Loren Eiseley


Biography of Loren Eiseley

Loren Eiseley (September 3, 1907 – July 9, 1977) was an American anthropologist, educator, philosopher, and natural science writer, who taught and published books from the 1950s through the 1970s. During this period he received more than 36 honorary degrees and was a fellow of many distinguished professional societies. At his death, he was Benjamin Franklin Professor of Anthropology and History of Science at the University of Pennsylvania.

He was noted as a “scholar and writer of imagination and grace,” which gained him a reputation and record of accomplishment far beyond the campus where he taught for 30 years. Publishers Weekly referred to him as "the modern Thoreau." The broad scope of his many writings considered such diverse topics as the mind of Sir Francis Bacon, the prehistoric origins of man, and the contributions of Charles Darwin.

Eiseley’s national reputation was established mainly through his books, including The Immense Journey (1957), Darwin's Century (1958), The Unexpected Universe (1969), The Night Country (1971), and his memoir, All the Strange Hours (1975). Science author Orville Prescott praised him as a scientist who “can write with poetic sensibility and with a fine sense of wonder and of reverence before the mysteries of life and nature.“ Naturalist author Mary Ellen Pitts saw his combination of literary and nature writings as his "quest, not simply for bringing together science and literature... but a continuation of what the 18th and 19th century British naturalists and Thoreau had done." In praise of "The Unexpected Universe", Ray Bradbury remarked, "[Eiseley] is every writer's writer, and every human's human. . . one of us. yet most uncommon. . ."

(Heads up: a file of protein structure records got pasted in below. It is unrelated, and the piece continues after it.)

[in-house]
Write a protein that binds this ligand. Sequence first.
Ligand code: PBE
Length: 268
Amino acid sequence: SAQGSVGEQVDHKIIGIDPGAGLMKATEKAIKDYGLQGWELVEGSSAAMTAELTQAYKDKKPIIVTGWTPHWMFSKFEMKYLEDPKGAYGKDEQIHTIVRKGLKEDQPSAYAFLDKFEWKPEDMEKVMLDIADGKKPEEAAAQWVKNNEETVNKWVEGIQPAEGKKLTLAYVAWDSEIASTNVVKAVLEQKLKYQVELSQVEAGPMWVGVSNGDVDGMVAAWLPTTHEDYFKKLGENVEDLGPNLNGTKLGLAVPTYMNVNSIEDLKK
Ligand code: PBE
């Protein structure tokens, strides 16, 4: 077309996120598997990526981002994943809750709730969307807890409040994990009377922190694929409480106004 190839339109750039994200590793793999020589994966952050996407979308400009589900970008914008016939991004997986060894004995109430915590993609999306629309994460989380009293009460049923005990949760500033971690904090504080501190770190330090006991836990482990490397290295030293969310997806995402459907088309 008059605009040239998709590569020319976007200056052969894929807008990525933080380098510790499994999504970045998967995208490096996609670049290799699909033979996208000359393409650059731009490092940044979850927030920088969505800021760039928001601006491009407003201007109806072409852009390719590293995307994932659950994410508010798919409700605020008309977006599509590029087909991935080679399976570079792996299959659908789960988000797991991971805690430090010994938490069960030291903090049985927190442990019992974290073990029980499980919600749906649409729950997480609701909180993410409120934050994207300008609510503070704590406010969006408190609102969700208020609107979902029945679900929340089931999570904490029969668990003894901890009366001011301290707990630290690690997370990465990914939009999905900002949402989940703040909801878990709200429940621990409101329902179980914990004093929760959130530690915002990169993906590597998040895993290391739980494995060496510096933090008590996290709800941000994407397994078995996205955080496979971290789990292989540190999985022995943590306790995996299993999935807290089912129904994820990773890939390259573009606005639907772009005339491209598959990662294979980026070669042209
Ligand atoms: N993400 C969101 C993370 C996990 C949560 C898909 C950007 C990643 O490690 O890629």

According to his obituary in the New York Times, the feeling and philosophical motivation of the entire body of Dr. Eiseley’s work was best expressed in one of his essays, The Enchanted Glass: “The anthropologist wrote of the need for the contemplative naturalist, a man who, in a less frenzied era, had time to observe, to speculate, and to dream.” Shortly before his death, he received an award from the Boston Museum of Science for his “outstanding contribution to the public understanding of science” and another from the U.S. Humane Society for his “significant contribution for the improvement of life and environment in this country.”

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